Farm and Agribusiness Insurance Professional Shares Advice, PT 1

Neal Bowman is a dealer in peace of mind. As an insurance agent specializing in farms and agribusinesses he knows first-hand the significant investment that goes into an agricultural operation and the need to protect it as much as possible.

In addition to the numerous clients Neal has worked with over the past 10 years, he grew up on a dairy farm in Brown Summit and continues to help run it today. Members of his family are Farm Credit customer members. He has also grown a wide range of produce to sell at a roadside stand. He taps his experience and depth of knowledge – he has two agricultural degrees from N.C. State University – to provide insurance packages or programs that best meet clienteles’ needs and helps them rest assured they’ve done what they can to protect their investment and assets.

Here is Neal’s overview on what to consider when looking for an insurance company.

  • Word of mouth. One of the best ways to find a reliable company is to talk with others in the farm community. Who do other farmers have their insurance with? What is their experience with a particular company? How has it handled claims? There are a lot of different insurance agencies and companies but there are only a handful of companies that specialize and focus on farm and agribusiness insurance.
  • The financial stability of the insurance company and the ability to pay claims. Check a company’s AM Best rating, which is an independent, objective assessment of a company’s balance sheet strength, operating performance, and business profile. Make sure the company you’re considering has at least an A rating. Another way to learn more about a company is to check online reviews of how a particular company is paying claims.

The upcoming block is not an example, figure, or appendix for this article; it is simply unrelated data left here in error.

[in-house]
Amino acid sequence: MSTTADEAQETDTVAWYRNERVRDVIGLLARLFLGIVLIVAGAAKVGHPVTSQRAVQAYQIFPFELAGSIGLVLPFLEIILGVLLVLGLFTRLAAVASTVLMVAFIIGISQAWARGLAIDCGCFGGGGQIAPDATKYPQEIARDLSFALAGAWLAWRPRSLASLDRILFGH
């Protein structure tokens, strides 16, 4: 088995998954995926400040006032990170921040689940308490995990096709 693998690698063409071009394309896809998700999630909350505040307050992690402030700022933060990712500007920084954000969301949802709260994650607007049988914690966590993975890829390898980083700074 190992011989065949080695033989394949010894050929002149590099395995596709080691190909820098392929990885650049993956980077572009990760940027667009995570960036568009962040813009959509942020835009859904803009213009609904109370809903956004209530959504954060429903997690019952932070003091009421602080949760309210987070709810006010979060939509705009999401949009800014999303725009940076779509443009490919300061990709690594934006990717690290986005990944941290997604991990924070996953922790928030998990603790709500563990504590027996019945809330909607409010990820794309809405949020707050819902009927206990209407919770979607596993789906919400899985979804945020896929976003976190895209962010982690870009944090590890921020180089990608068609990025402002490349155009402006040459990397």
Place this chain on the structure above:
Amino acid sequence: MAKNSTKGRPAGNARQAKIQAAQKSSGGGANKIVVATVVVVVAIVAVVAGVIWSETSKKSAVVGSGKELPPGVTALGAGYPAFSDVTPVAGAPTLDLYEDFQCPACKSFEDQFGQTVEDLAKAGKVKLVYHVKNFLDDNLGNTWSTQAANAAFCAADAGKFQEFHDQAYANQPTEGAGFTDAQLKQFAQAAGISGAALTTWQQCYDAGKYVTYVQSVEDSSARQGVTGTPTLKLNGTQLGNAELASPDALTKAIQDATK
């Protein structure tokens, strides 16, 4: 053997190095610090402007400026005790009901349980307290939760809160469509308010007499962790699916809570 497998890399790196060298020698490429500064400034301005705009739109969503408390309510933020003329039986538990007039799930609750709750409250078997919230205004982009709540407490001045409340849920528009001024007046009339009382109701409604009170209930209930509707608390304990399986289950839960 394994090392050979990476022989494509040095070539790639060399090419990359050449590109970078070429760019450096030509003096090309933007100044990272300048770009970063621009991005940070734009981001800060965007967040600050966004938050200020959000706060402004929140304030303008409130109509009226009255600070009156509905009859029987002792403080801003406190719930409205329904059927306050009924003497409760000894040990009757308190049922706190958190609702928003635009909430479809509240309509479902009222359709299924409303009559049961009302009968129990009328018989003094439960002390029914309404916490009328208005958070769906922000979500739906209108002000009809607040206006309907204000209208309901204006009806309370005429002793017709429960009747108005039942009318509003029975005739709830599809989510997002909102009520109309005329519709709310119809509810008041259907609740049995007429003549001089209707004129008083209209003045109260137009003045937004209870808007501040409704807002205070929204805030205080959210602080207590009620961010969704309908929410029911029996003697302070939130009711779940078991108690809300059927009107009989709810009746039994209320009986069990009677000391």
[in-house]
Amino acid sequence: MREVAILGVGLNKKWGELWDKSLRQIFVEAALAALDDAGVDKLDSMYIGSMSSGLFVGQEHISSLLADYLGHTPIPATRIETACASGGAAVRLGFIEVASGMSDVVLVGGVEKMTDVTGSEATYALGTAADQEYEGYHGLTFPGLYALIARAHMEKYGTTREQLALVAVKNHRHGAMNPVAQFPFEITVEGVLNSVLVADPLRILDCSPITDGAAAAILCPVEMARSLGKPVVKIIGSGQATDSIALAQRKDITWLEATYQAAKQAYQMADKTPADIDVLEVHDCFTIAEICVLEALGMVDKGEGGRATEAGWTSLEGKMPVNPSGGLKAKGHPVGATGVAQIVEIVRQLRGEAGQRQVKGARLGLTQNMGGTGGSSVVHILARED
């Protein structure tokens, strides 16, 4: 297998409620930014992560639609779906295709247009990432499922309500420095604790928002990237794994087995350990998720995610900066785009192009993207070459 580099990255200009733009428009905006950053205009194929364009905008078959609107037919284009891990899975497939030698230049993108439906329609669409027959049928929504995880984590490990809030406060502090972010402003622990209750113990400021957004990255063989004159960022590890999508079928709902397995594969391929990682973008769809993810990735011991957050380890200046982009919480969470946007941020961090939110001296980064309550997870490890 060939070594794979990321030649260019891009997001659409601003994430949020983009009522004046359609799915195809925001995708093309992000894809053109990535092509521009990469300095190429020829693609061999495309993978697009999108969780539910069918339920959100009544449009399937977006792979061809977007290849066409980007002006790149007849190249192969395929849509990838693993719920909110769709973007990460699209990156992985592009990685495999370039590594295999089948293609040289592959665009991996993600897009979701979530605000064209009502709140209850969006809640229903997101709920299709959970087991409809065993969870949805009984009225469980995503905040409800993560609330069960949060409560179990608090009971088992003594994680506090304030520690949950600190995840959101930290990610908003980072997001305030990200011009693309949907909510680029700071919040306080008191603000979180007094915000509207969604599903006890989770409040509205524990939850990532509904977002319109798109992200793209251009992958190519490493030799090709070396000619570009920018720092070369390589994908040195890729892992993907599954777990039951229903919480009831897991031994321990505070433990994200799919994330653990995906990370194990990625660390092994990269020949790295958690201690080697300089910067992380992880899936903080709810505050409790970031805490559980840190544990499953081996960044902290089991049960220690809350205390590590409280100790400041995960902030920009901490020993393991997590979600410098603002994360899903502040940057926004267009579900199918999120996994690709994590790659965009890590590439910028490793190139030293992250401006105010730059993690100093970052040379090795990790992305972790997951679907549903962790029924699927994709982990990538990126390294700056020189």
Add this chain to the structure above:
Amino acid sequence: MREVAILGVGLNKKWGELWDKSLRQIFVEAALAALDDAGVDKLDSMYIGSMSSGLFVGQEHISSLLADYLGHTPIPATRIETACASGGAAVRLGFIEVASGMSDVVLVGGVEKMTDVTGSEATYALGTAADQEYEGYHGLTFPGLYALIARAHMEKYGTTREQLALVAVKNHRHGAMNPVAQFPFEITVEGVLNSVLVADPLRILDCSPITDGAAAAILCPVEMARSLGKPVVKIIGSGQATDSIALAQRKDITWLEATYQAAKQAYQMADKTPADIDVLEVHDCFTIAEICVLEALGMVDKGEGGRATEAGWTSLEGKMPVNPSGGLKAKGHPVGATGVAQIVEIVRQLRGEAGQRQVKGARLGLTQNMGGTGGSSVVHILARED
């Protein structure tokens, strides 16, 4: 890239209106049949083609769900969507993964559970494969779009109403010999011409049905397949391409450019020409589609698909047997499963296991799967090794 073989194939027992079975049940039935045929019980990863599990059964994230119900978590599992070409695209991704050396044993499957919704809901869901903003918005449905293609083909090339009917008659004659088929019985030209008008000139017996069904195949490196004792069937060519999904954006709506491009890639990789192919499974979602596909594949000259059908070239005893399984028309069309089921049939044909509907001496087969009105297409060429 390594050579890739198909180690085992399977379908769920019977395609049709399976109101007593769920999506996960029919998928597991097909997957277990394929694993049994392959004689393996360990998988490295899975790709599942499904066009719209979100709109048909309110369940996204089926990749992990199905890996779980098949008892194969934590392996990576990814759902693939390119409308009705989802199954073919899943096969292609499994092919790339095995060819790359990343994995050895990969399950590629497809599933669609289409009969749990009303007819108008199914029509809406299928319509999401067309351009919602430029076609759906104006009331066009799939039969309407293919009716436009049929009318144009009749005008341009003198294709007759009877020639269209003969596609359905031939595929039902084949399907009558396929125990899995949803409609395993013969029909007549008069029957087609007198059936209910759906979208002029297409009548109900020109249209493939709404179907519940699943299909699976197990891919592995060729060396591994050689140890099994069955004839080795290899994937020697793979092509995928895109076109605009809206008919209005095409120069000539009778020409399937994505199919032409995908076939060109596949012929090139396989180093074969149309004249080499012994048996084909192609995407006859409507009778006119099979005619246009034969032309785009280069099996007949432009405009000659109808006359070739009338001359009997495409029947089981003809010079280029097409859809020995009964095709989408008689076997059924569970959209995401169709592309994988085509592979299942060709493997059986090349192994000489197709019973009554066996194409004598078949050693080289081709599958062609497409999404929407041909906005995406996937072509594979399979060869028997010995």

• A company’s expertise in your type of farming operation or agribusiness. It’s important to make sure the company has a level of expertise in your type of operation to be able to meet your insurance needs.
  • A knowledgeable agent. It’s helpful to work with a person who not only is experienced in the agricultural industry but is someone who takes an interest in you, visits your operation, asks you important questions about your operation and needs, and listens.
  • A company and an agent that value your business. Any company representative that is interested in you and the well-being of your business will take the time to get to know you and build a relationship with you. A trusted insurance professional should be part of your team of helpful advisors. That professional should be focused on your best interests and not just interested in selling a product. Even when the reliability and responsiveness of the company and the agent are established, it needs to be someone you’re comfortable working with.
  • An annual check-in with your insurance professional. This is a good time to share updates, address any concerns, seek information on what you may need to consider for future expansion, or simply to review what you have in place to give you greater peace of mind.

“I ask my clients what their biggest fear is; what keeps them up at night,” says Neal. “I want to know what their insurance concerns are for their operation. I like to visit their operation to see what type of operation they have and to get a good feel for it. That way when I sit down and put together an insurance program for them, I can provide the correct coverage at an affordable price. I want to make sure they are taken care of. That’s what gives peace of mind.”


In part 2, Neal Bowman, who is with Insurance of the Carolinas, Farm & Agribusiness Division, shares information on property and casualty insurance and what you need to consider.


By Leah Chester-Davis